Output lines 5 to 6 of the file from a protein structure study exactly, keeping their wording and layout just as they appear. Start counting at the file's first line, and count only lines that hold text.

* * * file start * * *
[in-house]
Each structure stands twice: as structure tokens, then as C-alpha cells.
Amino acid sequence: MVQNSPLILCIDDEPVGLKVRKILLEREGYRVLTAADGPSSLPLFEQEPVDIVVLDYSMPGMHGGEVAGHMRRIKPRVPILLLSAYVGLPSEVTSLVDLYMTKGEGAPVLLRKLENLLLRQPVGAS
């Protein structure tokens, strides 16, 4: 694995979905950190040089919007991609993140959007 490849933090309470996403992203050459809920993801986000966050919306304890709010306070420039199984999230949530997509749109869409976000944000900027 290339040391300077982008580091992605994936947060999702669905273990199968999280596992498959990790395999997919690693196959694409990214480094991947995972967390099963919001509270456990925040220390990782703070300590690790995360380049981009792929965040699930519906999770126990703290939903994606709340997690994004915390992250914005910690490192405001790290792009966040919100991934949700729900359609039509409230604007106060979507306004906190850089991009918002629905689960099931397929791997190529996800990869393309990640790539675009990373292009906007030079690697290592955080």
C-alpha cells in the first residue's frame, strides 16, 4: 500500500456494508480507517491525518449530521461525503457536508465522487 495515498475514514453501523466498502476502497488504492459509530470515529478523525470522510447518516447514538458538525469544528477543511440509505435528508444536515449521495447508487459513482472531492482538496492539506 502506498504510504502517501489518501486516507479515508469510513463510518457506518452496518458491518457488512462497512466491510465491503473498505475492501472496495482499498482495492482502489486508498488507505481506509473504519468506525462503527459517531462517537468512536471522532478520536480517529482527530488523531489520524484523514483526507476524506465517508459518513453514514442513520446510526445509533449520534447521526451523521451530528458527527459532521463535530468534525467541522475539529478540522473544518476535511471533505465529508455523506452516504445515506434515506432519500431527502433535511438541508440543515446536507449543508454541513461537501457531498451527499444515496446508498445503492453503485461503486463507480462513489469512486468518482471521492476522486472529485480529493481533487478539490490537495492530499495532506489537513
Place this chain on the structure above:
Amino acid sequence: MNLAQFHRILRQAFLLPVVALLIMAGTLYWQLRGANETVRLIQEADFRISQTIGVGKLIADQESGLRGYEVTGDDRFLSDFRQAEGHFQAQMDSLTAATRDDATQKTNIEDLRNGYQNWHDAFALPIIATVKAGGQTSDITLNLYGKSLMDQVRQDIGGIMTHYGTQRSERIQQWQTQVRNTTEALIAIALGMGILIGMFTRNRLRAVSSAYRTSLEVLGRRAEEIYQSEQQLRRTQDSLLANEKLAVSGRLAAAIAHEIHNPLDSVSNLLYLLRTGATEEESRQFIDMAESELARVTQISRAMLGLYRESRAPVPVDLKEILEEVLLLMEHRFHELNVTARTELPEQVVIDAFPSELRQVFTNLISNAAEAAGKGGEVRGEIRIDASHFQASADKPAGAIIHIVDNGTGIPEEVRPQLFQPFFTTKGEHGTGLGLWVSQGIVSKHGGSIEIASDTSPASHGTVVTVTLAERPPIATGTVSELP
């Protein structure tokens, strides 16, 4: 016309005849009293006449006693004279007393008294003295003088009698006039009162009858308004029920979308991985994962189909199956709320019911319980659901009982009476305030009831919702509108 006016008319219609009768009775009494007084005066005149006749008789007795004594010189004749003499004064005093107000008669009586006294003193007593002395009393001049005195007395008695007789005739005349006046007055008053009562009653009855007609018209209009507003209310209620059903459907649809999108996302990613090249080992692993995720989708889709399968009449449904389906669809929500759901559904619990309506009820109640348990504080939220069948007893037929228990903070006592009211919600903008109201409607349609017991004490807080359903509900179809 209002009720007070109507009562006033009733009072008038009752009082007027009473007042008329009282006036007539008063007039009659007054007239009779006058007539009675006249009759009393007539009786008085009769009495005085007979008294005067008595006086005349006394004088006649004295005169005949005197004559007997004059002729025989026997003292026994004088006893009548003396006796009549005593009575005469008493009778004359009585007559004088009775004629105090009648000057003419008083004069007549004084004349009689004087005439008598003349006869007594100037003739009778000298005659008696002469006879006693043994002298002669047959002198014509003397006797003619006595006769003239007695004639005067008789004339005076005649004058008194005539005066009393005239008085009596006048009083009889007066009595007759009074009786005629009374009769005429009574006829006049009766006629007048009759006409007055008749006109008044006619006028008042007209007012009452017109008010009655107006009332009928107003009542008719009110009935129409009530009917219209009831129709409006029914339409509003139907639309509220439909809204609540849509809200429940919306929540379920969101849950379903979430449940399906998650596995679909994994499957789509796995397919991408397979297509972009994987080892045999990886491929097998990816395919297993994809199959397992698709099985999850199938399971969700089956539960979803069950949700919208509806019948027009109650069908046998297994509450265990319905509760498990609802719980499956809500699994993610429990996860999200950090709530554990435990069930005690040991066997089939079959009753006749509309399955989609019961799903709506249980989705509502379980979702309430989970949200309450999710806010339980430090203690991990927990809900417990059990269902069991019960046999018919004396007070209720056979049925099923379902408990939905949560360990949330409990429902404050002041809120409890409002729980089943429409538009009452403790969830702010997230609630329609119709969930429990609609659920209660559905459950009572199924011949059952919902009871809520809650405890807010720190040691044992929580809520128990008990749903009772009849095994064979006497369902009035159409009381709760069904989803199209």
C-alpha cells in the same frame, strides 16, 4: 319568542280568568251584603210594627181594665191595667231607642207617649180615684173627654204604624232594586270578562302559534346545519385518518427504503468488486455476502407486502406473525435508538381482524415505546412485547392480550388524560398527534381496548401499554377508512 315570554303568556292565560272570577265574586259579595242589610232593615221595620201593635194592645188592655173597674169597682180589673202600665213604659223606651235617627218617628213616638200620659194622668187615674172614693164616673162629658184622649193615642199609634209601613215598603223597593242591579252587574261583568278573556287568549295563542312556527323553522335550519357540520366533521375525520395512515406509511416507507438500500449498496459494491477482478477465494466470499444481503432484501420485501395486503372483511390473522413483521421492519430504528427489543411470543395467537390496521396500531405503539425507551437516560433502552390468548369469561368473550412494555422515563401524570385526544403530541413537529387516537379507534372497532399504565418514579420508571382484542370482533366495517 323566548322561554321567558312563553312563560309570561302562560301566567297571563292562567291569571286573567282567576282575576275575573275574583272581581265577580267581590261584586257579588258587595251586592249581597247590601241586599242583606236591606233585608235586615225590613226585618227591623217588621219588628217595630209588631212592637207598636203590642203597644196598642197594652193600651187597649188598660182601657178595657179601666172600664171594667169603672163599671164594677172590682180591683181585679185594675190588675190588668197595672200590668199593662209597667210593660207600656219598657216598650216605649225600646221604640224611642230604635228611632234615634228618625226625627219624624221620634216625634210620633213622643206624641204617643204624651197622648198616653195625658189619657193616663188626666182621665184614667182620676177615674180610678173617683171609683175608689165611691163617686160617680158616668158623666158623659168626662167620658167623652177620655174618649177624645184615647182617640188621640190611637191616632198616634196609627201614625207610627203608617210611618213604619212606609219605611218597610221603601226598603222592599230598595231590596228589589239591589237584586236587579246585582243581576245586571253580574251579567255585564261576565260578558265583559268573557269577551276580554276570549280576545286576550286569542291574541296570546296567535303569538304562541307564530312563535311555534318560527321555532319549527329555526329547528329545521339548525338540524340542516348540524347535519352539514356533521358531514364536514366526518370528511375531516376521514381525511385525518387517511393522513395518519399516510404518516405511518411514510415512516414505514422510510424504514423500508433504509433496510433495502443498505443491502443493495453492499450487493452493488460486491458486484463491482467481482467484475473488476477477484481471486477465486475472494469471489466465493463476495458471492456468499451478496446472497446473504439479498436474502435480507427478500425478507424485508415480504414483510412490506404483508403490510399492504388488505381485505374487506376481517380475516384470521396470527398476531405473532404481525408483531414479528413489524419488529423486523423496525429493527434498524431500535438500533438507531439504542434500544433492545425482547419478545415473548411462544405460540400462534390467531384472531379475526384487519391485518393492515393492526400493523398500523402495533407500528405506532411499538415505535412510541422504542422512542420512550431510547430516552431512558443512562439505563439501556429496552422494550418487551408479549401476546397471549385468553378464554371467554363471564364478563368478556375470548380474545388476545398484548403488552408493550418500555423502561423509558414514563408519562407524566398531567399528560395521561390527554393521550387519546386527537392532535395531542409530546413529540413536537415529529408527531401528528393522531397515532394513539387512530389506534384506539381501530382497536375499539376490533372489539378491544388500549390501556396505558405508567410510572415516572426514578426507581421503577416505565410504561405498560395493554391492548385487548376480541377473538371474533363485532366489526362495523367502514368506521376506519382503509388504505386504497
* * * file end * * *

C-alpha cells in the first residue's frame, strides 16, 4: 500500500456494508480507517491525518449530521461525503457536508465522487 495515498475514514453501523466498502476502497488504492459509530470515529478523525470522510447518516447514538458538525469544528477543511440509505435528508444536515449521495447508487459513482472531492482538496492539506 502506498504510504502517501489518501486516507479515508469510513463510518457506518452496518458491518457488512462497512466491510465491503473498505475492501472496495482499498482495492482502489486508498488507505481506509473504519468506525462503527459517531462517537468512536471522532478520536480517529482527530488523531489520524484523514483526507476524506465517508459518513453514514442513520446510526445509533449520534447521526451523521451530528458527527459532521463535530468534525467541522475539529478540522473544518476535511471533505465529508455523506452516504445515506434515506432519500431527502433535511438541508440543515446536507449543508454541513461537501457531498451527499444515496446508498445503492453503485461503486463507480462513489469512486468518482471521492476522486472529485480529493481533487478539490490537495492530499495532506489537513
Place this chain on the structure above: